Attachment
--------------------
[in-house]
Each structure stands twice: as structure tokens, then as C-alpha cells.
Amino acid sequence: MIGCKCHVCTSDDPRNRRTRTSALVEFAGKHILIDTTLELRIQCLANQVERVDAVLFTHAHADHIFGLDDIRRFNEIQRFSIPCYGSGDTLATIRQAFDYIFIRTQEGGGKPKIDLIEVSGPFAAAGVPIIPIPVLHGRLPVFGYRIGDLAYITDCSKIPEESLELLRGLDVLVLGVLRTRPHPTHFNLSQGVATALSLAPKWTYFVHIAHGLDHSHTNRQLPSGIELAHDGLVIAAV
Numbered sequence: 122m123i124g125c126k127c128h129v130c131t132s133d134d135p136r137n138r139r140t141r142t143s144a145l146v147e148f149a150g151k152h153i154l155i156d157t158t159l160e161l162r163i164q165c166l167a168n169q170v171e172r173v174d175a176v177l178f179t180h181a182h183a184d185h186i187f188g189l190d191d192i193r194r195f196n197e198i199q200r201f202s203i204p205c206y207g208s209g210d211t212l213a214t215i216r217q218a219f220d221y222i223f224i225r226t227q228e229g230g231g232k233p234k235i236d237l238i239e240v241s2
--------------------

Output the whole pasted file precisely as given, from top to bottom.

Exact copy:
[in-house]
Each structure stands twice: as structure tokens, then as C-alpha cells.
Amino acid sequence: MIGCKCHVCTSDDPRNRRTRTSALVEFAGKHILIDTTLELRIQCLANQVERVDAVLFTHAHADHIFGLDDIRRFNEIQRFSIPCYGSGDTLATIRQAFDYIFIRTQEGGGKPKIDLIEVSGPFAAAGVPIIPIPVLHGRLPVFGYRIGDLAYITDCSKIPEESLELLRGLDVLVLGVLRTRPHPTHFNLSQGVATALSLAPKWTYFVHIAHGLDHSHTNRQLPSGIELAHDGLVIAAV
Numbered sequence: 122m123i124g125c126k127c128h129v130c131t132s133d134d135p136r137n138r139r140t141r142t143s144a145l146v147e148f149a150g151k152h153i154l155i156d157t158t159l160e161l162r163i164q165c166l167a168n169q170v171e172r173v174d175a176v177l178f179t180h181a182h183a184d185h186i187f188g189l190d191d192i193r194r195f196n197e198i199q200r201f202s203i204p205c206y207g208s209g210d211t212l213a214t215i216r217q218a219f220d221y222i223f224i225r226t227q228e229g230g231g232k233p234k235i236d237l238i239e240v241s2